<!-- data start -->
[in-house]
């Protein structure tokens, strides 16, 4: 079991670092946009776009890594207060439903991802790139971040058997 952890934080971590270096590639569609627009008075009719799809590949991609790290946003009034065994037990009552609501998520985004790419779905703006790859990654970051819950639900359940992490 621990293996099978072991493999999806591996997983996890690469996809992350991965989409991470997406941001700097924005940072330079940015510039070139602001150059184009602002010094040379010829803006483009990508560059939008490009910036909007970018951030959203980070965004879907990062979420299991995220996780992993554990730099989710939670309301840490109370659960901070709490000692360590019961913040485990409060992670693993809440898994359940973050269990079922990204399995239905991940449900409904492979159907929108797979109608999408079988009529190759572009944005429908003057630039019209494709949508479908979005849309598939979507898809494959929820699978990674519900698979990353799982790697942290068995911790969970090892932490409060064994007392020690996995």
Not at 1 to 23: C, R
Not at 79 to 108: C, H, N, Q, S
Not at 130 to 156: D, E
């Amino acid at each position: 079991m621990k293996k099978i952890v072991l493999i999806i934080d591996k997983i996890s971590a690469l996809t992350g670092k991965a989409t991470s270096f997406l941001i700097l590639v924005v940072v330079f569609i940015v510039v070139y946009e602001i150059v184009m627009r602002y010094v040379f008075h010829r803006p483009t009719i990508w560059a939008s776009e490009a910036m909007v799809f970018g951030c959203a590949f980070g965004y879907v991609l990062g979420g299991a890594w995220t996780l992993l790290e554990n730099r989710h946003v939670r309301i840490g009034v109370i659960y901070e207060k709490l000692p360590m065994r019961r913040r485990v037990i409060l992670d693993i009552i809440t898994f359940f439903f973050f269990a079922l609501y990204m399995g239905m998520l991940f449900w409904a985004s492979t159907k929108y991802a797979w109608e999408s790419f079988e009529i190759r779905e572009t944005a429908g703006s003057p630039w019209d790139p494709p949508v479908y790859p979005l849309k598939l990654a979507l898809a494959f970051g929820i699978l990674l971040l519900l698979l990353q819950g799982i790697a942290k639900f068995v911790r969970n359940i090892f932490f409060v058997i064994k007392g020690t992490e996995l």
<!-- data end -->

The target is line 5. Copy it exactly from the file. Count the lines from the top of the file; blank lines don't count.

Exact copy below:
Not at 130 to 156: D, E